Well, I’m not Jean Valjean / 24601 – but he’s certainly a moral hero of mine, along with Jesus Christ, Joseph Smith, George Washington, Abraham Lincoln, and Gandhi.
I’m basically a guy who has lived an absolutely fascinating life – not that I ever set out to do that. I love to defy stereotypes and have somehow ended up with lots of seeming contradictions in my life.
For starters, I was born in Hollywood, but am a 7th-generation Mormon and perhaps one of the most genetically Mormon people on the planet (if that’s a gene), since all of my ancestral lines trace back to pioneers. To find the last non-Mormon in my family tree, you have to go back to the 1880s.
I’ve been blessed with 6 children and 3 stepchildren, and have suffered the loss of 2 of my children. My primary goal growing up was to build a happy family and never get divorced (since my parents were divorced), and yet I ended up twice-divorced and only now have the happy family I wanted – beautifully blended – thanks to my lovely wife Kathy.
Then, professionally, I’ve been both a Price Waterhouse Auditor and an IBM Marketing Rep. Blows my mind too. I like marketing better than accounting because marketing is serving people and is a win/win, while accounting is more like the law – a zero sum game.
But enough of the contradictions. I have some other fascinating tidbits to share.
I was a PC pioneer – having bought my first personal computer (an Atari 800) in 1979. I opened the first computer store in a mall I know of in 1980, and joined IBM in Boca Raton in 1984 – less than 3 years after the launch of the PC. I even had an office in the same building where the PC was born.
I was the first person to have the title of “Evangelist” at IBM, and was also the first person I know of whose job was to represent a major company (IBM) online – January of 1992, even before the first web browser had appeared on the scene. In other words, I was probably history’s first official social media rep.
I guess the fact that I’m easily bored has kept me switching careers to the point that I now know quite a bit about quite a lot, having spent well over the requisite Gladwellian 10,000 hours to be an expert in two important areas: the Internet and its social and business aspects, and consumer electronics marketing and influence.
I also have nearly that much experience in such varied things as sales, accounting and finance, the study and experience of Mormonism, preparing and giving presentations, and family matters.
Ultimately, I’d like to think that I’ve pursued a God-given curiosity about everything that has interested me. And developed a few talents along the way that I can share to help others.
My brother-in-law, who was once President of Franklin Covey, labeled me a “visionary.” I like to think that’s true – I certainly know I’ve been way ahead of my time on many things.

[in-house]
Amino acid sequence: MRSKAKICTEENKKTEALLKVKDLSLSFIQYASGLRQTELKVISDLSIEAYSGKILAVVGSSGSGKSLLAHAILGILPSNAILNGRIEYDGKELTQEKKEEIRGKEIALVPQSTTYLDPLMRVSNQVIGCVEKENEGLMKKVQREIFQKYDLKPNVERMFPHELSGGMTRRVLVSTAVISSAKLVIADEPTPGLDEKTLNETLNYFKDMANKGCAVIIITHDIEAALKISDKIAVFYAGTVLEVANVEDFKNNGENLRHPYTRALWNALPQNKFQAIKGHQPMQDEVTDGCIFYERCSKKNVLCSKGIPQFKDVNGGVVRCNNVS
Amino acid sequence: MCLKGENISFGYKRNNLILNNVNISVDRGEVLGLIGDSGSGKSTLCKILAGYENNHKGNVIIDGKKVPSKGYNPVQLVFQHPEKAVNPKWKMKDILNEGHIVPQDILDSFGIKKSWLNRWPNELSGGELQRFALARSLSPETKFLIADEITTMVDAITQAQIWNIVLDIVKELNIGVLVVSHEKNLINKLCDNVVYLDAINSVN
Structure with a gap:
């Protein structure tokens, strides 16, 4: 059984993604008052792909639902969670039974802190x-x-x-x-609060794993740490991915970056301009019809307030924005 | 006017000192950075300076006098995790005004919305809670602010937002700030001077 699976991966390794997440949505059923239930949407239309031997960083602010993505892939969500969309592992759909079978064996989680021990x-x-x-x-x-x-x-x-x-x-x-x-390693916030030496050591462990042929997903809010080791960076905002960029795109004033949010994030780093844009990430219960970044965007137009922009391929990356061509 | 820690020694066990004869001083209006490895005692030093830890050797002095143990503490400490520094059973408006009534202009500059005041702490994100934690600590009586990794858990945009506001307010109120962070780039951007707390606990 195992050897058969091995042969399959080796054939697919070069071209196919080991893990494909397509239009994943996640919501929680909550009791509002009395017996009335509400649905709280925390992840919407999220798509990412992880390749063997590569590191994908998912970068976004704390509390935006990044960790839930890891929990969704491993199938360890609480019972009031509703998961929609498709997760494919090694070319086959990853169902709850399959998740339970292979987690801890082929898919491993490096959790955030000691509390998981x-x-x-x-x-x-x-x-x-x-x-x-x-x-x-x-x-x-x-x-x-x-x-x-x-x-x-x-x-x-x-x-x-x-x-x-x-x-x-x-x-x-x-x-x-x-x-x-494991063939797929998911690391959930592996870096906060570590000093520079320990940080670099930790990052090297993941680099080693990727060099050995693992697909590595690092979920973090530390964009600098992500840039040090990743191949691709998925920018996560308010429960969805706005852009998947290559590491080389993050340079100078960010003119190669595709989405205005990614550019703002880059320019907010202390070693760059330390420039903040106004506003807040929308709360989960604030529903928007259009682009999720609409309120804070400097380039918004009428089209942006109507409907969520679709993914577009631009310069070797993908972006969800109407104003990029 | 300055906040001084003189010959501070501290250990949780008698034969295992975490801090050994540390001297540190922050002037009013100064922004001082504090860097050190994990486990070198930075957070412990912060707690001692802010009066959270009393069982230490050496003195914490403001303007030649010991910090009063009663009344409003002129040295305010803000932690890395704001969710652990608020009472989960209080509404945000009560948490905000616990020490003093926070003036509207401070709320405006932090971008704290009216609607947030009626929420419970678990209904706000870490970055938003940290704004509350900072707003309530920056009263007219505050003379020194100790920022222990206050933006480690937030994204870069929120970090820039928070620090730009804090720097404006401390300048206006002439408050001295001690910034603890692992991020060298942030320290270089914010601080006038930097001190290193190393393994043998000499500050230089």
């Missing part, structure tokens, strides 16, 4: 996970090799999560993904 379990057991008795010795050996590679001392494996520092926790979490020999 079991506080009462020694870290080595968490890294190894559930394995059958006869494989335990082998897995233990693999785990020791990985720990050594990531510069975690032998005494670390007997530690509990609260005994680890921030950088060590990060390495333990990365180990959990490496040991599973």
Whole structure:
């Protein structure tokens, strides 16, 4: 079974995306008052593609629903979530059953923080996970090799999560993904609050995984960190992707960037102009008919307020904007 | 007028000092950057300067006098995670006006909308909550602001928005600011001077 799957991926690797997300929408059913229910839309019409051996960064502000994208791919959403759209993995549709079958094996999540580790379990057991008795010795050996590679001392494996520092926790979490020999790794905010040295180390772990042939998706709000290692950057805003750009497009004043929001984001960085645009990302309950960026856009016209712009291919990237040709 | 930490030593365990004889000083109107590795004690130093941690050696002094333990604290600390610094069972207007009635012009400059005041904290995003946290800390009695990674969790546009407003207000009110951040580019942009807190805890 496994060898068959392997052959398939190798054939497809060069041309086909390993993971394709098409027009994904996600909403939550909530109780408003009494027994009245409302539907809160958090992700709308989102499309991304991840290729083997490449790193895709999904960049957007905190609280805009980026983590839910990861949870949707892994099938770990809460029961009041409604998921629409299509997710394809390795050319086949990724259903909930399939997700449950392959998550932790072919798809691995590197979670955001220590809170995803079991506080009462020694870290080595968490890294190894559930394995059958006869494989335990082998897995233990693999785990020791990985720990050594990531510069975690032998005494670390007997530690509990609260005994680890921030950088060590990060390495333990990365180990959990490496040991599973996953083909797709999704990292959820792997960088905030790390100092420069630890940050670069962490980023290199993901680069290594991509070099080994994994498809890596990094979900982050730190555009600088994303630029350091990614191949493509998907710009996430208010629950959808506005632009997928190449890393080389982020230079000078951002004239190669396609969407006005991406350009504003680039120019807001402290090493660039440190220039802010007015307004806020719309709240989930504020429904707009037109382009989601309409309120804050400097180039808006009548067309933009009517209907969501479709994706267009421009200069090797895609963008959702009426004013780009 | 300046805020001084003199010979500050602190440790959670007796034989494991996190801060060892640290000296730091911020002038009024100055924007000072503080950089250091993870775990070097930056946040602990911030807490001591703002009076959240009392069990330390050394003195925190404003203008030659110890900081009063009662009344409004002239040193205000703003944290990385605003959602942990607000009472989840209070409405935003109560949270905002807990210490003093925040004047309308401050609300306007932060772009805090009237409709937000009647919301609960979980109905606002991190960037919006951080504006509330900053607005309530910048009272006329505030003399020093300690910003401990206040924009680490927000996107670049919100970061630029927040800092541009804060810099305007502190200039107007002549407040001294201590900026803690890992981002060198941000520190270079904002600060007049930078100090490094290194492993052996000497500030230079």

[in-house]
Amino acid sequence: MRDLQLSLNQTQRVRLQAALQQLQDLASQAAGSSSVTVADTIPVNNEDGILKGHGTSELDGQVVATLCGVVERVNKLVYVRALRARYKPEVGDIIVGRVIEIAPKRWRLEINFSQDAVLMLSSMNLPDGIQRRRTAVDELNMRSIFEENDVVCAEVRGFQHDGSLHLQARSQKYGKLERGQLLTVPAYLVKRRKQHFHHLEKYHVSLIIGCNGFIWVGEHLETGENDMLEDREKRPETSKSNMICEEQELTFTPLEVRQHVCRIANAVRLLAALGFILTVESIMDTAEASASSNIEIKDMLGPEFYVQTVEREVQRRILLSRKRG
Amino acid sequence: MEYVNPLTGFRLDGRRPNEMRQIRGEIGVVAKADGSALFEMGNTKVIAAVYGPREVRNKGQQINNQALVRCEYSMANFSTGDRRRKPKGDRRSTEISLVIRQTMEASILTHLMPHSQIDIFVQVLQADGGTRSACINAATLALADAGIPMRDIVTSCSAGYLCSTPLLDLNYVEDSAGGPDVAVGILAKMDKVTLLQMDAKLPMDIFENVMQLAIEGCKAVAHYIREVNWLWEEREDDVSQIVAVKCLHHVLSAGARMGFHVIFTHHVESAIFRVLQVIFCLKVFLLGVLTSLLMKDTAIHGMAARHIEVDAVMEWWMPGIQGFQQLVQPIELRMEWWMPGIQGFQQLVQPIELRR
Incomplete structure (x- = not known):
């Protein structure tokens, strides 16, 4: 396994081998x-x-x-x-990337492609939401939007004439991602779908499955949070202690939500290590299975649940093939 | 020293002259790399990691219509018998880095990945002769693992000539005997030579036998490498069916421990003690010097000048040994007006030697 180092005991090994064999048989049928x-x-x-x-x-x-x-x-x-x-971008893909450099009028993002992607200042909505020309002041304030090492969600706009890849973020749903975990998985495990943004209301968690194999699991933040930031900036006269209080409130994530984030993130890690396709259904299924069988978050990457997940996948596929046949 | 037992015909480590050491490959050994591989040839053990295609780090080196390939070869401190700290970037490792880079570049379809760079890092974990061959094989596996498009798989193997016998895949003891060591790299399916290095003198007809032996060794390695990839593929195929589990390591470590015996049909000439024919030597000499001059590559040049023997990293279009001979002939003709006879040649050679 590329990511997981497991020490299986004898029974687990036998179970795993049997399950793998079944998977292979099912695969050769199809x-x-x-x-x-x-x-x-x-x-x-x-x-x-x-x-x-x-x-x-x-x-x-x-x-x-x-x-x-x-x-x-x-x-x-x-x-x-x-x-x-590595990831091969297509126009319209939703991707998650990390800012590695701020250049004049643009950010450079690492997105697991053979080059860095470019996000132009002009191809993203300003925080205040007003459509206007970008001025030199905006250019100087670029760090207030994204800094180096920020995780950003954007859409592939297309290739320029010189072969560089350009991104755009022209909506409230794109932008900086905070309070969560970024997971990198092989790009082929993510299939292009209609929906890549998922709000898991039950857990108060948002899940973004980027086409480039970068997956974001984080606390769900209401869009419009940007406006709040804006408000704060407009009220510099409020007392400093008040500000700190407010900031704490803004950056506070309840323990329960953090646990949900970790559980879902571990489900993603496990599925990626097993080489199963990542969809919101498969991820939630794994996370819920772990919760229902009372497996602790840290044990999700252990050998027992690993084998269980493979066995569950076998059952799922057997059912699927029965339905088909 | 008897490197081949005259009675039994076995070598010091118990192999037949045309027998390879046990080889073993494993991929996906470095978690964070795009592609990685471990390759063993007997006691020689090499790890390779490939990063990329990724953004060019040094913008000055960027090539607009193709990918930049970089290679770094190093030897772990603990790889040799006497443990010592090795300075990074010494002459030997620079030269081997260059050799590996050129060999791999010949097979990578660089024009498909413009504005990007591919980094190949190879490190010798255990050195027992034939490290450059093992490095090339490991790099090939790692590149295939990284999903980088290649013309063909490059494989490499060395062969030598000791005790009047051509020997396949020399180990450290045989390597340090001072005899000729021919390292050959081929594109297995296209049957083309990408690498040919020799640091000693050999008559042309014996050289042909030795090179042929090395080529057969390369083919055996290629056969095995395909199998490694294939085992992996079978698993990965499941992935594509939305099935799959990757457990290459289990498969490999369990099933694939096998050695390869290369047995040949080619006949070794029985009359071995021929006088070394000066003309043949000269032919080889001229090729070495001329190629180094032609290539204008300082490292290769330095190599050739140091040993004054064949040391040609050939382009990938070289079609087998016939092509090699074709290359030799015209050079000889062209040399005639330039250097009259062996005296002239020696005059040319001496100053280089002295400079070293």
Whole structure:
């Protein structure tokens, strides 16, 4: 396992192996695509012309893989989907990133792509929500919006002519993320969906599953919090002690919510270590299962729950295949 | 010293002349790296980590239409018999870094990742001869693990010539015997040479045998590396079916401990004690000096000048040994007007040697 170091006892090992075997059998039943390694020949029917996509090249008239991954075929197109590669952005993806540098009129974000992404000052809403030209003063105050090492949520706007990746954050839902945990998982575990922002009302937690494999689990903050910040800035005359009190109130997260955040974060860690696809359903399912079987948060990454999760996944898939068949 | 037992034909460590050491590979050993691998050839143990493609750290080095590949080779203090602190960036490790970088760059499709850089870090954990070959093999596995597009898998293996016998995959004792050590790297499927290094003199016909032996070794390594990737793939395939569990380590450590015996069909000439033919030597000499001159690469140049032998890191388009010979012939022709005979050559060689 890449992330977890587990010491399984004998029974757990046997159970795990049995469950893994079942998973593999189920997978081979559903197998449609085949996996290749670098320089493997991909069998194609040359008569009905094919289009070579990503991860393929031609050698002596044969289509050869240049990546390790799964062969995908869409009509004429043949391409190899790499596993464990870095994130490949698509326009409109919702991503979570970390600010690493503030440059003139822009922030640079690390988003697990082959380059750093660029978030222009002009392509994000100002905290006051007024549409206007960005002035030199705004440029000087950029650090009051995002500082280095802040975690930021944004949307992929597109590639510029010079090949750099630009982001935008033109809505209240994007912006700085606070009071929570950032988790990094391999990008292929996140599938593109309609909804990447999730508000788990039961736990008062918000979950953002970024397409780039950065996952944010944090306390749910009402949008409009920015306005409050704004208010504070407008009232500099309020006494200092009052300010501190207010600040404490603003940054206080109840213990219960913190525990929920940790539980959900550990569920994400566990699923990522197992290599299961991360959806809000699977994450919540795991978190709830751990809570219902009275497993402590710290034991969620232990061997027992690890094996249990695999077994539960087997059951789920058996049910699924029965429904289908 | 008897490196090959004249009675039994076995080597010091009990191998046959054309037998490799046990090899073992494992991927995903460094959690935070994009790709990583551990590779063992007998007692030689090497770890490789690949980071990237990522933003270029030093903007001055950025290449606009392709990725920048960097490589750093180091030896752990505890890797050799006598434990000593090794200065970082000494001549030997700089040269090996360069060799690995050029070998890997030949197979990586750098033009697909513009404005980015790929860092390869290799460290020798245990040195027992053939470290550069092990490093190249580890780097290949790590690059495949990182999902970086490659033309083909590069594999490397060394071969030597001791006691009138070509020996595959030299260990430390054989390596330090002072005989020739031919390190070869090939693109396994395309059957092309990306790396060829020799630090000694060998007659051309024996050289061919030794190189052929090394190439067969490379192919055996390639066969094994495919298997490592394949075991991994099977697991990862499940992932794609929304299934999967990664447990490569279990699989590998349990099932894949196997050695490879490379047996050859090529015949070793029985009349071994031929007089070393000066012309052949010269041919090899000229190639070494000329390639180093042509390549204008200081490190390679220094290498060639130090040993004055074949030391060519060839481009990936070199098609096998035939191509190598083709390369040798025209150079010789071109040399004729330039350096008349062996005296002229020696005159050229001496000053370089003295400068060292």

I could see the coming PC revolution as early as 1978 when I first saw the power of a personal computer, and in 1980 when I saw the demand for personal computers at the store I opened in a mall. I could see the power of a worldwide communications network as early as 1979 when I started going online with Genie with a 300-baud acoustic modem.
I foresaw the power of social networking in 1984 when I started making friends worldwide on IBM’s internal networks. I got involved with social commerce in 1988 when I released a PS/2 Reference Manual online and watched it spread virally until it was being used by over 80,000 people and and saved IBM a documented $22M and earned me a maximum ($150K) Suggestion Award from IBM.
In March of 1991, I posted a list of reasons why IBM’s CEO “would be more respected if he were to resign” on an IBM bulletin board, and before I knew it, my post had spread throughout IBM and it and the response it generated internally was being quoted or featured in dozens of major news articles from the WSJ to the NY Times. The Washington Post interviewed me and led a feature article on IBM with my story. A 1993 profile titled “The Ethical Revolution” credited me with “toppling an empire.” Just for the record, I still respect John Akers as a person, but believe now as I did then that he was simply not the right person to be leading IBM at that time.
A year later, General Manager Lee Reiswig invited me to join the Personal Software Products and “represent IBM on the bulletin boards.” I leaped at the opportunity, and soon triggered my third online viral explosion – this time in the form of an informal group named Team OS/2, who promoted IBM’s operating system on their own time and dime, with a little help from me and IBM. See Wikipedia for more.
During the ensuing highly eventful decade, I published two books, including “Cyberspace: The Human Dimension” but experienced more stress factors than I care to remember, including losing a child, losing two cars to a flood, losing my job at IBM after an ethical dispute, litigation (I won the case but really lost, if you know what I mean), bankruptcy, an extended and nasty divorce, and many other personal trials I’d just as soon forget. I call 1993 – 1999 my “Job” period.
Since meeting and marrying Kathy, everything has turned bright again. I built Webworking Services into a million dollar consulting firm over a decade, with clients including Intel, muvee, MGI Software, Alpha Software, and many others. I’ve given almost a thousand presentations to over 80,000 attendees in 43 different states. I’ve learned a lot about what people are looking for when they make decisions about which technologies to adopt and which electronics to buy.
So most recently, CoolHotNot has been one of the most fulfilling things I’ve ever done. My eclectic career experiences are all coming together in this startup – we’ve attracted a dream team and a lot of positive attention. We’re going places.
Life is indeed beautiful, at least ever since I’ve been married to Kathy.